Jack White continues to crank out one-of-a-kind, quality goods from his Nashville-based Third Man Records. For the latest offering from his Vault Platinum Subscription service the label will offer a colored vinyl recording of Willie Nelson’s 80th birthday celebration shown on CMT Network’s Crossroads. the package will also include a 6′ of Jack White and Willie Nelson singing duet together on “Red Headed Stranger,” posters, lapel pins and other goodies (aka The Vault Platinum Package #17.)
From the press release:
“One of the highlights of 2013 (so far) has been the esteemed honor of hosting country music legend Willie Nelson at Third Man to celebrate his 80th birthday. On April 18th of this year Willie played a concert with some guest musicians, among them real life legacy artists, but also importantly, some handpicked sidemen from the house of Third Man. All of this was documented for the public on a very special episode of the CMT Network’s esteemed Crossroads series. Meanwhile, behind the scenes, tape was rolling on that historic show (as is Third Man’s way) and every song (even those not broadcast) was captured on beautiful, warm-sounding analog tape by the crack Third Man team of engineers. It was in many respects a perfect evening.
This is a beautifully-packaged, 3-sided double LP with a gatefold sleeve of the Willie Nelson & Friends concert, with performances as of yet unreleased and unheard!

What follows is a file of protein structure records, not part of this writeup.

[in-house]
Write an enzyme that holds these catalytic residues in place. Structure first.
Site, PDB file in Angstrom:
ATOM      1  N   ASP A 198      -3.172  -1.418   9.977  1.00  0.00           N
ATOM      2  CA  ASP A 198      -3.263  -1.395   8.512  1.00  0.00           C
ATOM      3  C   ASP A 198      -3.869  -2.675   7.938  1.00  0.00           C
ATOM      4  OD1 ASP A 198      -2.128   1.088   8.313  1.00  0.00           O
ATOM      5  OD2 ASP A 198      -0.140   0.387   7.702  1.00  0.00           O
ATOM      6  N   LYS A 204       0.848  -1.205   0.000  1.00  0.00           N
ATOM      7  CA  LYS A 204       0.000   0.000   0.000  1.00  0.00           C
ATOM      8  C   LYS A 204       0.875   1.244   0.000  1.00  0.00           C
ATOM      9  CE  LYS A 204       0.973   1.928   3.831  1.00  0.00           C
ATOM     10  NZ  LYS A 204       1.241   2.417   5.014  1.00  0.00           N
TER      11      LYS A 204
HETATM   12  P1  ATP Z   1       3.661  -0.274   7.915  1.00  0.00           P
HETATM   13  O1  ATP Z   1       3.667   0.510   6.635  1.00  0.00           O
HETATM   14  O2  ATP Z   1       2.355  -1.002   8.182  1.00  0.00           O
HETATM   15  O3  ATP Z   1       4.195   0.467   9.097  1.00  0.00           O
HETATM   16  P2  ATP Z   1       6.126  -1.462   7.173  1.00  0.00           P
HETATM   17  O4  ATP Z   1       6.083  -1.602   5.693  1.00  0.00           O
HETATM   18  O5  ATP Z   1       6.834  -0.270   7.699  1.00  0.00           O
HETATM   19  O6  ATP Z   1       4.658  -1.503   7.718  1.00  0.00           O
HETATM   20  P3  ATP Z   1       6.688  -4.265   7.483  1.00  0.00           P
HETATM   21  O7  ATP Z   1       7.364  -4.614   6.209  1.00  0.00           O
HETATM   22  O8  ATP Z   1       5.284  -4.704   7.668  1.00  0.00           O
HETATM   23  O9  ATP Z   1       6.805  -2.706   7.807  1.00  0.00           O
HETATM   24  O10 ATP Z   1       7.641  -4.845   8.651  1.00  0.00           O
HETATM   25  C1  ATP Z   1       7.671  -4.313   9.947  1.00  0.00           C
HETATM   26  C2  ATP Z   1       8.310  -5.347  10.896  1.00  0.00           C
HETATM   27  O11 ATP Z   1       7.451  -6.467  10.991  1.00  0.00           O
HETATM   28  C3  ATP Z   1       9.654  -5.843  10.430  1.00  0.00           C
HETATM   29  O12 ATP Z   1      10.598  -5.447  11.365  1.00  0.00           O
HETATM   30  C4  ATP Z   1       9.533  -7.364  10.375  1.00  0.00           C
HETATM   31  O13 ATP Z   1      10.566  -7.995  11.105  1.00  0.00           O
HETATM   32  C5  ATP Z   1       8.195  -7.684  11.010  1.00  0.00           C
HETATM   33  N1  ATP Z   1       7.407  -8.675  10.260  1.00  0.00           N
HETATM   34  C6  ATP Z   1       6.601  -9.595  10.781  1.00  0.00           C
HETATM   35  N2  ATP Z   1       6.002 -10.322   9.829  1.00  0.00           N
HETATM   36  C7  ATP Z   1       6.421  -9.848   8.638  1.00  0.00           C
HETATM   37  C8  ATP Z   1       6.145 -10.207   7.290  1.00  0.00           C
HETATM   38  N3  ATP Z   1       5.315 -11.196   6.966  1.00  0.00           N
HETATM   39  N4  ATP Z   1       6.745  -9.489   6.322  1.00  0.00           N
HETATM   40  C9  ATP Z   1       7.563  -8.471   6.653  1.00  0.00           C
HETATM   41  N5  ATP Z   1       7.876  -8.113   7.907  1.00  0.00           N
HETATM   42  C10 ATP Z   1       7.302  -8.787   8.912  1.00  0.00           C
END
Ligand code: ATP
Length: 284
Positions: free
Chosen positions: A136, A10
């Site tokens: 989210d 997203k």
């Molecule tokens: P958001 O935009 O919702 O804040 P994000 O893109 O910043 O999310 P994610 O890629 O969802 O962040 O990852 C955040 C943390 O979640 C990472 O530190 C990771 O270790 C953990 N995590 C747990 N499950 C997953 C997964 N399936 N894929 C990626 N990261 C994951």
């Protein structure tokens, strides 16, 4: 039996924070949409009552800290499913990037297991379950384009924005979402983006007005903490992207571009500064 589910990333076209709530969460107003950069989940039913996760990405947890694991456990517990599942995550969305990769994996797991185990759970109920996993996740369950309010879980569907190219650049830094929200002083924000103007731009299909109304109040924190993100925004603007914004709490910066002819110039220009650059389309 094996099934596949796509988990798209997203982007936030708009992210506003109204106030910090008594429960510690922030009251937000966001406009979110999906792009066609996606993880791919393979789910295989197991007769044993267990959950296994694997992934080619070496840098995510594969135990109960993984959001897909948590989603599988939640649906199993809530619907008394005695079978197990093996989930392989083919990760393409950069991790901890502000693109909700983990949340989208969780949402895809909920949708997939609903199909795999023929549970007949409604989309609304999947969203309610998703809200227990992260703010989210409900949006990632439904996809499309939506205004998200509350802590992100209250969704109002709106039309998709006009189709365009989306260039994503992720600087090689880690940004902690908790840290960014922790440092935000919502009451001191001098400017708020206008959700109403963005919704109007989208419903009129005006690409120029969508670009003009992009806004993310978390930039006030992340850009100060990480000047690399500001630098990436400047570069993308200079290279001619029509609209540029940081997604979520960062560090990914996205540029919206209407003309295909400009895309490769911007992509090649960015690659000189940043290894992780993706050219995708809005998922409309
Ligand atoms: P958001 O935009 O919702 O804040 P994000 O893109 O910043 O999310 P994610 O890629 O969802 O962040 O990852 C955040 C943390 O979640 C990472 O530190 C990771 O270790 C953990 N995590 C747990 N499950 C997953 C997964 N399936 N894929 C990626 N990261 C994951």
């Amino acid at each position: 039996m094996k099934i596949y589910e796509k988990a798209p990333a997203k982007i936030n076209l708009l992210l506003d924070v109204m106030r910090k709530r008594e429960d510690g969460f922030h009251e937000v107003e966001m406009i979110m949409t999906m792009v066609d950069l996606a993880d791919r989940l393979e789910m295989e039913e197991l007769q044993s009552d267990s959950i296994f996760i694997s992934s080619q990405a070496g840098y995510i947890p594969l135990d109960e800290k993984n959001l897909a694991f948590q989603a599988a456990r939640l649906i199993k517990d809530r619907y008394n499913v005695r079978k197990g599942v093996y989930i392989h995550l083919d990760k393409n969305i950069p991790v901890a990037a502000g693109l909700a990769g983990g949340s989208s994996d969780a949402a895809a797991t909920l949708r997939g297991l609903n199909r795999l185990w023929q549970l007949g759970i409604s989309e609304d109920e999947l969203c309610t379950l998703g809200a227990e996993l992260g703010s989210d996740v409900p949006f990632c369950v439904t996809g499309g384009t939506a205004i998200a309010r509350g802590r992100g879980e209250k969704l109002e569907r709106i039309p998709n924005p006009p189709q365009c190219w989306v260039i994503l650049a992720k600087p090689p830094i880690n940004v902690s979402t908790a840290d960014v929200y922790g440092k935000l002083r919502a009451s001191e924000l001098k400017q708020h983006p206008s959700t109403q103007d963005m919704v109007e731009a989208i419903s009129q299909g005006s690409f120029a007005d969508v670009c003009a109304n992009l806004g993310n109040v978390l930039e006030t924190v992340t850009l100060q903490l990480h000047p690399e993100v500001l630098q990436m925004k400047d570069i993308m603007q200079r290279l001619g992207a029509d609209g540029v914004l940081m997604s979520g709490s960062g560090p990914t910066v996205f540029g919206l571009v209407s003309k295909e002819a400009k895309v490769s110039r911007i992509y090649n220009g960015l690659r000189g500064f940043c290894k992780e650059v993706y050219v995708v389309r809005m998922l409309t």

Featuring Willie Nelson, Jack White, Neil Young, Leon Russell, Norah Jones, Sheryl Crow and Ashley Monroe pressed on Smokey Grey and Bio-Diesel Green Vinyl with an etched graphic of Willie’s guitar “Trigger” on the D-Side this is an outstanding LP visually and audibly for casual fans and collectors alike!
Roll Me Up
Angel Flying Too Close To The Ground – with Ashley Monroe (Unreleased)
Blue Eyes Crying In The Rain – with Ashley Monroe
Funny How Time Slips Away – with Norah Jones
I Gotta Get Drunk – with Norah Jones (Unreleased)
Sail Away – with Neil Young (Unreleased)
Long May You Run – with Neil Young
Far Away Places – with Sheryl Crow
Whiskey River – with Neil Young, Ashley Monroe, Sheryl Crow, Norah Jones, Jamey Johnson
A Song For You – with Leon Russell
Heartbreak Hotel – with Leon Russell (Unreleased)
Red Headed Stranger (Broadcast Version) – with Jack White
WILLIE NELSON & JACK WHITE RECORDING BOOTH 6-INCH RECORD
The second item in this stellar package is Third Man’s first-ever 6″ record, pressed on transparent yellow vinyl, with an etched b-side and housed in a 6″ die-cut sleeve. The A-side captures one of those near mythological musical moments , something that could only happen here at Third Man, of Jack White and Willie Nelson dueting together on “Red Headed Stranger” in Third Man’s Voice-O-Graph Recording Booth. This is a version not shown on television and was recorded live in the TMR Recording Booth.
DELUXE FOLD OUT POSTER
Behold the double sided, foldout, metallic printed poster on special heavy stock paper… One side features Willie Nelson in the TMR Recording Booth and the flip is an all new Metallic Platinum Vault Design. Double the bang for your buck
Lastly, TMR will be doing something special to thank returning Vault members and welcome new ones. With this Vault Package 17 only, members will receive a membership kit at no additional charge to their Platinum service!
Casa Twang is proud to offer the latest from Jack White’s Third Man Records excellent Blue Series. The 7-inch vinyl features Charleston indie-folk duo Shovels and Rope covering Bruce Springsteen’s “Johnny 99” (listen below) on one side and Tom Waits’ “Bad As Me” on the other.